"This is one of our last chances to inject a new sense of justice into this issue before it's too late for Holocaust victims," said Stuart Eizenstat, head of the U.S. delegation to the conference and a former ambassador and deputy Treasury secretary during the Clinton administration.
The Holocaust Era Assets Conference, hosted by the Czech Republic, is an attempt to revive a global campaign that began 11 years ago to track down long-lost art collections that were confiscated or acquired under dubious circumstances during the Holocaust.
In December 1998, after many world-famous museums were found to have Nazi-tainted art in their collections, representatives from 44 countries met in Washington and endorsed guidelines for investigating claims of stolen items and returning them to their rightful owners.
The guidelines, known in the art world as the Washington Principles, have eased the return of looted art in many cases. Despite their endorsement by most European countries and the United States, however, the guidelines are legally nonbinding. They are also often ignored in practice by museums and governments that profess in public to abide by them, according to art experts.
Michal Klepetar, a real-estate project manager from Prague, has been trying for nine years to persuade the Czech National Gallery to relinquish 43 paintings that once belonged to his great-uncle, Richard Popper, a prominent collector who was deported to Poland and perished in the Jewish ghetto in the city of Lodz.
Popper's wife and daughter also died in Nazi camps. Klepetar, 62, and his brother are their closest living relatives. But the National Gallery has refused to part with the paintings, citing a law adopted in 2000 by the Czech government that entitles only Holocaust victims or their "direct descendants" to file claims for stolen property.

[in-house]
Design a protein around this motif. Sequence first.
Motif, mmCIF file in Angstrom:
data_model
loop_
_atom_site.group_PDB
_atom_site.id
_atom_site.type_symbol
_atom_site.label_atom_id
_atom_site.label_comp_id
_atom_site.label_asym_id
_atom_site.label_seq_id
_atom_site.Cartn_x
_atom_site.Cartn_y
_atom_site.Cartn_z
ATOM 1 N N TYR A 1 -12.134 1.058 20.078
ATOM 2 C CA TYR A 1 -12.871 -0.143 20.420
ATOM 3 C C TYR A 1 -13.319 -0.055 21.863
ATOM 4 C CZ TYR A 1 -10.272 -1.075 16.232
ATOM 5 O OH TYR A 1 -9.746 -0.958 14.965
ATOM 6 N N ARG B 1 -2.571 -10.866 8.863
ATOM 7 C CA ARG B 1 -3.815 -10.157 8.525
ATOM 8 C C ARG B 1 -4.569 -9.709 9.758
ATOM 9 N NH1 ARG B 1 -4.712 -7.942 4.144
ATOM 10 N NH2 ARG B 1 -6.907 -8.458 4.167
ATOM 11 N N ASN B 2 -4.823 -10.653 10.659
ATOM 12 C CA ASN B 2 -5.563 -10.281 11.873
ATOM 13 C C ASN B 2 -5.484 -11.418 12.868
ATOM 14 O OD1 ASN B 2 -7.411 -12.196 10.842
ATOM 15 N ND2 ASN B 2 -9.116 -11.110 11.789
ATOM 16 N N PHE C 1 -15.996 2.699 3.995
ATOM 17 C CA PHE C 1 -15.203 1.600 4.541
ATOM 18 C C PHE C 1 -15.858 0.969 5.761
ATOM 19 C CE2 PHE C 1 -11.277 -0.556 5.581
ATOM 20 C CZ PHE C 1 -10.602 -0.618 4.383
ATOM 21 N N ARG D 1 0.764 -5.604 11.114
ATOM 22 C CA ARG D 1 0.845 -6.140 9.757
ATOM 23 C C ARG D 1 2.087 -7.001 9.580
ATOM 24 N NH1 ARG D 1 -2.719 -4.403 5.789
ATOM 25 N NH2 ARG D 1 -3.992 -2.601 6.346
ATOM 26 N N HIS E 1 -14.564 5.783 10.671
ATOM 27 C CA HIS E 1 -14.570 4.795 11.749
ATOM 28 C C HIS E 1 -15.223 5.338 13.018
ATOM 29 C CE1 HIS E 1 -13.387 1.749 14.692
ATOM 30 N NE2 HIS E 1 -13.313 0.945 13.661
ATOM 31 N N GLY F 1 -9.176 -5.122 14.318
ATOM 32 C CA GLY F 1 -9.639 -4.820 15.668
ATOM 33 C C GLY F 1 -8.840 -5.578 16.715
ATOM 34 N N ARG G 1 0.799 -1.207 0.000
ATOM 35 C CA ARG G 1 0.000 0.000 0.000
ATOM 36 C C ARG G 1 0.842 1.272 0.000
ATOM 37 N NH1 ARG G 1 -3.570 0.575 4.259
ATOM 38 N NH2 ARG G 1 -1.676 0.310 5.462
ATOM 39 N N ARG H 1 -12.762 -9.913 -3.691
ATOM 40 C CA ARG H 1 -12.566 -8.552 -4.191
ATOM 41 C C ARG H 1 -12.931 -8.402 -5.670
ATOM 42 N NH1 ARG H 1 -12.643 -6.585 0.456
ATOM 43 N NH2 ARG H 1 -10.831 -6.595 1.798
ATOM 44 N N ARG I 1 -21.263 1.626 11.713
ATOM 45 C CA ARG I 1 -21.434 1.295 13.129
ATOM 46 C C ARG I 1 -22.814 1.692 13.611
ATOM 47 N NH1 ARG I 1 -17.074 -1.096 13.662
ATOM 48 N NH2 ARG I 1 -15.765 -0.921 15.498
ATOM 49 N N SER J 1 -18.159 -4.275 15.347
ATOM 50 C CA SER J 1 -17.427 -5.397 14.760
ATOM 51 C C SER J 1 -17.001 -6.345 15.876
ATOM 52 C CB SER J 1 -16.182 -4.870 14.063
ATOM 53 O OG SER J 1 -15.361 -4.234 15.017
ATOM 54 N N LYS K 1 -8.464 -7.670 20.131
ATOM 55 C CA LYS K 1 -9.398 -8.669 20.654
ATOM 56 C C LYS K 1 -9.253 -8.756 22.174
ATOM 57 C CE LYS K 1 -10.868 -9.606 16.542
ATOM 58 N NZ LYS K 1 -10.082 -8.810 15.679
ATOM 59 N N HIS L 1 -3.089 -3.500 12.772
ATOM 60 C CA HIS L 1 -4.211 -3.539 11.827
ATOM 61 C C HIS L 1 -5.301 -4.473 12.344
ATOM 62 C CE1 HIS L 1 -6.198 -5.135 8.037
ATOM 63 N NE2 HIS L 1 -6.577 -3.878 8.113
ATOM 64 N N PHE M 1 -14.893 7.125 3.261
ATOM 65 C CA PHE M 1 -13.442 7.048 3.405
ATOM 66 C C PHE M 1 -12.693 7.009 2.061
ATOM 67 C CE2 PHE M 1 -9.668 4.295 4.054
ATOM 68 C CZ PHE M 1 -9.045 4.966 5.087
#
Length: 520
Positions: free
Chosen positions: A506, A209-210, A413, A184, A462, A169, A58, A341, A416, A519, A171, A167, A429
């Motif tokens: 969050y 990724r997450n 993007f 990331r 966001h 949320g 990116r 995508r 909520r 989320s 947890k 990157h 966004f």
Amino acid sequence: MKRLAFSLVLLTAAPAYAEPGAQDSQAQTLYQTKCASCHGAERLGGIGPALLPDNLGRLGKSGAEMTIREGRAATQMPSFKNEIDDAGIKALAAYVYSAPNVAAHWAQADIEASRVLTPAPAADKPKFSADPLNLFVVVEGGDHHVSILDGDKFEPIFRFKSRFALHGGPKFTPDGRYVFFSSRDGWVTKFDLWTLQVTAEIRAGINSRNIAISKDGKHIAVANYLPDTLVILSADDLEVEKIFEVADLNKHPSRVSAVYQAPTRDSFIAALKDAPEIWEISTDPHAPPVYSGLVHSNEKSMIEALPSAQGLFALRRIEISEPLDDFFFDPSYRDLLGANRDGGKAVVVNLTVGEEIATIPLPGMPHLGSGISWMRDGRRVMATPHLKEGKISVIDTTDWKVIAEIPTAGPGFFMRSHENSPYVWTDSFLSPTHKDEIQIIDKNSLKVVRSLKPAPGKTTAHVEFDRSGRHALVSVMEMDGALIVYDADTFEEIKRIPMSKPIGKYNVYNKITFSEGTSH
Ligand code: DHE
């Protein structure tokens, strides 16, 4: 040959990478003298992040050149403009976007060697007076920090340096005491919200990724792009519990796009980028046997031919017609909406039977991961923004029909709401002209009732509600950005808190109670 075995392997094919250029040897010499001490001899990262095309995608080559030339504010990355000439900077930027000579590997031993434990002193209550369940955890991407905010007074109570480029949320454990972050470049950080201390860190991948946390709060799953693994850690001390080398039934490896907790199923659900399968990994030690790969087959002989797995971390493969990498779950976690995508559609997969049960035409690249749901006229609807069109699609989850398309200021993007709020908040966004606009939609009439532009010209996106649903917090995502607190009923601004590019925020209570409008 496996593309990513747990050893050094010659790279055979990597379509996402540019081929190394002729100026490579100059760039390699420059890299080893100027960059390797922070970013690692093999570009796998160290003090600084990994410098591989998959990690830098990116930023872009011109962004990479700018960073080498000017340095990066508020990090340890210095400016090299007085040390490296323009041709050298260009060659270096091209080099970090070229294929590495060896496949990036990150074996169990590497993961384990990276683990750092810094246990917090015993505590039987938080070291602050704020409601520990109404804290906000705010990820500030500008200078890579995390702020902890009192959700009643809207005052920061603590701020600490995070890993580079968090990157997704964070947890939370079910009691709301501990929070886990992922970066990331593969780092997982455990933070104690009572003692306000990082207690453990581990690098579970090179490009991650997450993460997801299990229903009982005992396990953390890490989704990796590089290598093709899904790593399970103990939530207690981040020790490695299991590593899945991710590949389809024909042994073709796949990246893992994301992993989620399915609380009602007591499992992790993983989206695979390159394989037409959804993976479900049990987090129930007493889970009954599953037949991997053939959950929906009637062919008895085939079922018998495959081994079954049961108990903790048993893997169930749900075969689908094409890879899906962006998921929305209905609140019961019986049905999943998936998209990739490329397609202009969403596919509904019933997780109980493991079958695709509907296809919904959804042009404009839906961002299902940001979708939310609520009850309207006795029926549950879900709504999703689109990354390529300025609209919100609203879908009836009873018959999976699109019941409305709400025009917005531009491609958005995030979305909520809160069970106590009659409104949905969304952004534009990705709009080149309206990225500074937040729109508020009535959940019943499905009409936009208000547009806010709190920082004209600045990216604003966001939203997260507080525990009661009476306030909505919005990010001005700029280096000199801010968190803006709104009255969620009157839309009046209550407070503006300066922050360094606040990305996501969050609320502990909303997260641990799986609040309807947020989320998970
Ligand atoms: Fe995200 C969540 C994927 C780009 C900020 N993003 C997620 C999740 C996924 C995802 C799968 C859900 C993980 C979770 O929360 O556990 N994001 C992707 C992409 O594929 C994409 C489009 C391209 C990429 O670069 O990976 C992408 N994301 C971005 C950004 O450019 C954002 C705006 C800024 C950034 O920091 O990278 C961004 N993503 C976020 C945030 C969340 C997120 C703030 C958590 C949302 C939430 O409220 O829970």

In an interview, Klepetar argued that the Czech law was unconstitutional, unethical and particularly unfair to Jews. An estimated 6 million Jews were killed in the Holocaust; many families were survived only by distant relatives.
"This country, like most of the region, had always been anti-Semitic through the centuries," he said. "The only difference now is that it's not politically correct. That's the root of the whole problem."
Klepetar's great-uncle had amassed a collection of 127 artworks -- mostly Flemish and Dutch paintings from the 17th and 18th centuries -- which vanished after the war. In 2000, however, Klepetar said someone leaked him part of a confidential Czech government report on looted art that indicated 43 of the paintings had been in the National Gallery's possession since the early 1950s.
The National Gallery later acknowledged it had the paintings but refused to divulge any details, such as how they were acquired, their condition or their precise location. Klepetar has pressed his claim in the Czech courts for several years but has lost repeatedly because he is not considered a direct descendant under the law.
Tomas Jelinek, vice president of the Czech Committee for Nazi Victims, said the government's decision to pass the 2000 law that limits who can file claims for Holocaust assets was designed to protect public galleries and government institutions.